A consortium of researchers dedicated to improving the understanding of the human causes and consequences of terrorism

Build a Criminal Justice Policy for Terrorism


With some notable and mostly recent exceptions, criminologists have been slow to study terrorism and responses to terrorism. This slow response is surprising given that the most widely accepted definition of criminology (Sutherland and Cressey, 1978:3) encompasses research on “. . .the breaking of laws and reactions to the breaking of laws”; both of which fall unambiguously under the subject heading of terrorism. As Clarke and Newman (2007:i) put it, “Terrorism is a form of crime in all essential respects.” Arguments about why ignoring terrorism is a mistake for criminology as a science have been made elsewhere already (LaFree and Dugan, 2004; McCauley, 2006; Rosenfeld, 2004). In this essay, we provide evidence instead for the argument that important policy reasons exist for criminologists to be involved in the fight against terrorism.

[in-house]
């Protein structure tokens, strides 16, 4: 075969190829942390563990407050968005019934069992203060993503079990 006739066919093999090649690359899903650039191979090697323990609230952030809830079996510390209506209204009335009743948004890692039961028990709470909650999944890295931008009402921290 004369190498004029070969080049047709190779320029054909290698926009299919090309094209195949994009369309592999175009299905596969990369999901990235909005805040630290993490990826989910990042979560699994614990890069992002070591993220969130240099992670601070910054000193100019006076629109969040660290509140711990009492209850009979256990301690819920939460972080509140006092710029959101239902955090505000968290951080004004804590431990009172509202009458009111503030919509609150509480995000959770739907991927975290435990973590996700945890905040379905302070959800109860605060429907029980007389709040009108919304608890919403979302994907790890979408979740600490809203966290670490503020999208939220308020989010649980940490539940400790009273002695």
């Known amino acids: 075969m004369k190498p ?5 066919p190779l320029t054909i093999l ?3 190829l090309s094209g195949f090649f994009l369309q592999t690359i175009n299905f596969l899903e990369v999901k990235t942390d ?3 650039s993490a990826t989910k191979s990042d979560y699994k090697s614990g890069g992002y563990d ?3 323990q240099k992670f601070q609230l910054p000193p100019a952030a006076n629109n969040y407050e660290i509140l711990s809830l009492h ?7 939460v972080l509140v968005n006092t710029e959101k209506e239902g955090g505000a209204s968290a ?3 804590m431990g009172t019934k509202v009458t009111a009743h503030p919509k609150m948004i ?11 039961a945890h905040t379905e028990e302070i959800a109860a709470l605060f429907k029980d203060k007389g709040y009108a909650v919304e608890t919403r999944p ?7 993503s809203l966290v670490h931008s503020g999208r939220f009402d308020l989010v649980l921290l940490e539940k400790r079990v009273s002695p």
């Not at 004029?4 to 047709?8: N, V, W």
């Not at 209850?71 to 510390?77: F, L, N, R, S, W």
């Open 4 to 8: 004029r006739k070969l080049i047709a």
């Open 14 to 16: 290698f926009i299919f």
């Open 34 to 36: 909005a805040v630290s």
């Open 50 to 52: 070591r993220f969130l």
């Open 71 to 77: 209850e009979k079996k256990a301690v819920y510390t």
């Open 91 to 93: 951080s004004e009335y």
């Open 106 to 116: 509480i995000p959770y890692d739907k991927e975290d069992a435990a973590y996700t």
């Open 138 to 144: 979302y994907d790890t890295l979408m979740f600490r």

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LaFree, Gary, and James Hendrickson. 2007. "Build a Criminal Justice Policy for Terrorism." Criminology and Public Policy 6 (November): 781-790. https://www.ojp.gov/ncjrs/virtual-library/abstracts/build-criminal-just…

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